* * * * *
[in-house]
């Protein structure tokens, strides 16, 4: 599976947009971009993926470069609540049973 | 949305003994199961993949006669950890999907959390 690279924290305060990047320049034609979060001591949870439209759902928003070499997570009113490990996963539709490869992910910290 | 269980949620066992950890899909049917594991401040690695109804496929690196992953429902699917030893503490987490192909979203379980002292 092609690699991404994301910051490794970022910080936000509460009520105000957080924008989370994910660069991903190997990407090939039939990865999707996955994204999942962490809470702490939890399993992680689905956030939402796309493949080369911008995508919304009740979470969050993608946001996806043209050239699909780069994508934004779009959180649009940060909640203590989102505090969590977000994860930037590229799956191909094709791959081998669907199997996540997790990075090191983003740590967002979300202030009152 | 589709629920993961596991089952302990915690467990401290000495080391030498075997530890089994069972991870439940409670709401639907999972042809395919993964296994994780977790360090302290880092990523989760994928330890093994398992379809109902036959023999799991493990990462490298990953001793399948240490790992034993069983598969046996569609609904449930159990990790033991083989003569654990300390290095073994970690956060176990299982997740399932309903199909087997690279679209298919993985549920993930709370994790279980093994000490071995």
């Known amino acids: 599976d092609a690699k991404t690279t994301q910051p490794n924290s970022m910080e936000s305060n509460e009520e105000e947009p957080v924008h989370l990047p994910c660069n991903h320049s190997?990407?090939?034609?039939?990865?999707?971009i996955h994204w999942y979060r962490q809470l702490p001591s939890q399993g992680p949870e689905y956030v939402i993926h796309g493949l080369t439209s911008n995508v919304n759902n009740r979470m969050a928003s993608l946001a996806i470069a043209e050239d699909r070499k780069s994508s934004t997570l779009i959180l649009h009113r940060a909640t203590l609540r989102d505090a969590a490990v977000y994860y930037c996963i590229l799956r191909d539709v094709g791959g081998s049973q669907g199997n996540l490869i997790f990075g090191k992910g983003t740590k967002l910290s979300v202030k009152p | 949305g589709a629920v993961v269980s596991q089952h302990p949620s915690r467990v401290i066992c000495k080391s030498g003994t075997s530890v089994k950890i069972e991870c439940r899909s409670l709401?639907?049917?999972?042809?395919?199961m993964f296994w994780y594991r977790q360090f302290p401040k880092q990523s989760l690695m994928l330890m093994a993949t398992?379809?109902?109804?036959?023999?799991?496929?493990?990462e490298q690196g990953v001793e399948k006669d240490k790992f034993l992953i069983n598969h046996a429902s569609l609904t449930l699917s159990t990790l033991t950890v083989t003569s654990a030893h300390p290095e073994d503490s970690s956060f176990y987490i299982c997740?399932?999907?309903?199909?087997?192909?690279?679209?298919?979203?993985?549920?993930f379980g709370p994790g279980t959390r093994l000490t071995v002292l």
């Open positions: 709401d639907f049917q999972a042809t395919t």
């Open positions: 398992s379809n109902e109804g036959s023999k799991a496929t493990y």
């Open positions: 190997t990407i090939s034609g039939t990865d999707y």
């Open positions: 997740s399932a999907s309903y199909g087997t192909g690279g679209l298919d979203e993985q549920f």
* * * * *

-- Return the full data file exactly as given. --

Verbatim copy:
[in-house]
């Protein structure tokens, strides 16, 4: 599976947009971009993926470069609540049973 | 949305003994199961993949006669950890999907959390 690279924290305060990047320049034609979060001591949870439209759902928003070499997570009113490990996963539709490869992910910290 | 269980949620066992950890899909049917594991401040690695109804496929690196992953429902699917030893503490987490192909979203379980002292 092609690699991404994301910051490794970022910080936000509460009520105000957080924008989370994910660069991903190997990407090939039939990865999707996955994204999942962490809470702490939890399993992680689905956030939402796309493949080369911008995508919304009740979470969050993608946001996806043209050239699909780069994508934004779009959180649009940060909640203590989102505090969590977000994860930037590229799956191909094709791959081998669907199997996540997790990075090191983003740590967002979300202030009152 | 589709629920993961596991089952302990915690467990401290000495080391030498075997530890089994069972991870439940409670709401639907999972042809395919993964296994994780977790360090302290880092990523989760994928330890093994398992379809109902036959023999799991493990990462490298990953001793399948240490790992034993069983598969046996569609609904449930159990990790033991083989003569654990300390290095073994970690956060176990299982997740399932309903199909087997690279679209298919993985549920993930709370994790279980093994000490071995």
């Known amino acids: 599976d092609a690699k991404t690279t994301q910051p490794n924290s970022m910080e936000s305060n509460e009520e105000e947009p957080v924008h989370l990047p994910c660069n991903h320049s190997?990407?090939?034609?039939?990865?999707?971009i996955h994204w999942y979060r962490q809470l702490p001591s939890q399993g992680p949870e689905y956030v939402i993926h796309g493949l080369t439209s911008n995508v919304n759902n009740r979470m969050a928003s993608l946001a996806i470069a043209e050239d699909r070499k780069s994508s934004t997570l779009i959180l649009h009113r940060a909640t203590l609540r989102d505090a969590a490990v977000y994860y930037c996963i590229l799956r191909d539709v094709g791959g081998s049973q669907g199997n996540l490869i997790f990075g090191k992910g983003t740590k967002l910290s979300v202030k009152p | 949305g589709a629920v993961v269980s596991q089952h302990p949620s915690r467990v401290i066992c000495k080391s030498g003994t075997s530890v089994k950890i069972e991870c439940r899909s409670l709401?639907?049917?999972?042809?395919?199961m993964f296994w994780y594991r977790q360090f302290p401040k880092q990523s989760l690695m994928l330890m093994a993949t398992?379809?109902?109804?036959?023999?799991?496929?493990?990462e490298q690196g990953v001793e399948k006669d240490k790992f034993l992953i069983n598969h046996a429902s569609l609904t449930l699917s159990t990790l033991t950890v083989t003569s654990a030893h300390p290095e073994d503490s970690s956060f176990y987490i299982c997740?399932?999907?309903?199909?087997?192909?690279?679209?298919?979203?993985?549920?993930f379980g709370p994790g279980t959390r093994l000490t071995v002292l």
């Open positions: 709401d639907f049917q999972a042809t395919t």
């Open positions: 398992s379809n109902e109804g036959s023999k799991a496929t493990y």
């Open positions: 190997t990407i090939s034609g039939t990865d999707y």
């Open positions: 997740s399932a999907s309903y199909g087997t192909g690279g679209l298919d979203e993985q549920f």